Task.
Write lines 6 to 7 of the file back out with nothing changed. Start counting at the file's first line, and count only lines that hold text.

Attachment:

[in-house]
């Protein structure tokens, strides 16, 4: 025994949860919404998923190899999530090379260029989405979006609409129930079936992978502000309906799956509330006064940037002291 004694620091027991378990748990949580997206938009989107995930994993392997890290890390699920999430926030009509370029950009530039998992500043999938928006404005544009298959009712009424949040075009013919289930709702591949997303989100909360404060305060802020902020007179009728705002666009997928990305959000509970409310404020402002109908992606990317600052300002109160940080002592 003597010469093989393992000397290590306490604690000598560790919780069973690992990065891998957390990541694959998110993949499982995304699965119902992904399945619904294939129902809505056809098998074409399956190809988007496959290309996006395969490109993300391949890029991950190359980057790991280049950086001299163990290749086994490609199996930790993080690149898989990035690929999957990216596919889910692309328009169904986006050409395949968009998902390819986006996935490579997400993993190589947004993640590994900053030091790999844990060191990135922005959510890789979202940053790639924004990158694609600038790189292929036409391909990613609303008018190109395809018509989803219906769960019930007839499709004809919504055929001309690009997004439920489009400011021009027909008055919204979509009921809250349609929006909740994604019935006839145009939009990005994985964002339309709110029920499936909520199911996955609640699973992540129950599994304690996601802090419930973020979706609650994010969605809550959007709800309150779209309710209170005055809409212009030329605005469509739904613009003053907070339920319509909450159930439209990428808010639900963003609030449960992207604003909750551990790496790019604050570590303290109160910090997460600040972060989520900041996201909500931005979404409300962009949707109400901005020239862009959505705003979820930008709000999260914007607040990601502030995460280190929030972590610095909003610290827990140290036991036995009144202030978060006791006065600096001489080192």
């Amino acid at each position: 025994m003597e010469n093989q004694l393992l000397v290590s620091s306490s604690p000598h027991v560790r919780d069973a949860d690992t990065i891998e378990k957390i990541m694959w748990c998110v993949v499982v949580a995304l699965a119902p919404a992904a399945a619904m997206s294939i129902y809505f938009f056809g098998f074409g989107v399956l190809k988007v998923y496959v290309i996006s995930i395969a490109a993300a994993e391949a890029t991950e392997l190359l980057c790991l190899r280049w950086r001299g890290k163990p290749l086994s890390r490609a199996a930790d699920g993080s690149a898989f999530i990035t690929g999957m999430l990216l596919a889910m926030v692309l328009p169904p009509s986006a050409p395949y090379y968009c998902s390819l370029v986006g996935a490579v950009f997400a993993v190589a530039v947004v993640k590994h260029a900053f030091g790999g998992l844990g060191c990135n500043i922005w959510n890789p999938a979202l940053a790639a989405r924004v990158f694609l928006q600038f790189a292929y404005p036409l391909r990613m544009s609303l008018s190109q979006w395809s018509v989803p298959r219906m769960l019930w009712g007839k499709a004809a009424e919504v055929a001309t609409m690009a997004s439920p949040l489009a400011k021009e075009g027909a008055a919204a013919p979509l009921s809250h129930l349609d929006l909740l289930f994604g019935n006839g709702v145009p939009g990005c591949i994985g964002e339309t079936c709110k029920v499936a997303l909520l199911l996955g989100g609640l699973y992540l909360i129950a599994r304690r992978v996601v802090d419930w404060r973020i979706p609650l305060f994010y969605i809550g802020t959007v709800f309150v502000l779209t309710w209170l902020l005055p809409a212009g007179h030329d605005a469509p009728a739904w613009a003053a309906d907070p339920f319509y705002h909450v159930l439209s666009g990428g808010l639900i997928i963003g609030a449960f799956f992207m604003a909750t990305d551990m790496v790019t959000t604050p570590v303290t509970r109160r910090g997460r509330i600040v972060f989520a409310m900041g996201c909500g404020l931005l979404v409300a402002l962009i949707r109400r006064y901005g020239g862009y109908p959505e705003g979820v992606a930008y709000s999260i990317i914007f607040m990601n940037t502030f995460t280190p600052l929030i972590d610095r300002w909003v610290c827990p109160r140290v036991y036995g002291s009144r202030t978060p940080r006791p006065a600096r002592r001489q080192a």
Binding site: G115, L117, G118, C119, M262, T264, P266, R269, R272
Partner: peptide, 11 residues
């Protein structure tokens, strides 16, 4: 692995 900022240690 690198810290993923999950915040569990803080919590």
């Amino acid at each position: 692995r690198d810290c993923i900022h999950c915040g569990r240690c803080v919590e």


């Protein structure tokens, strides 16, 4: 692995 900022240690 690198810290993923999950915040569990803080919590």
């Amino acid at each position: 692995r690198d810290c993923i900022h999950c915040g569990r240690c803080v919590e």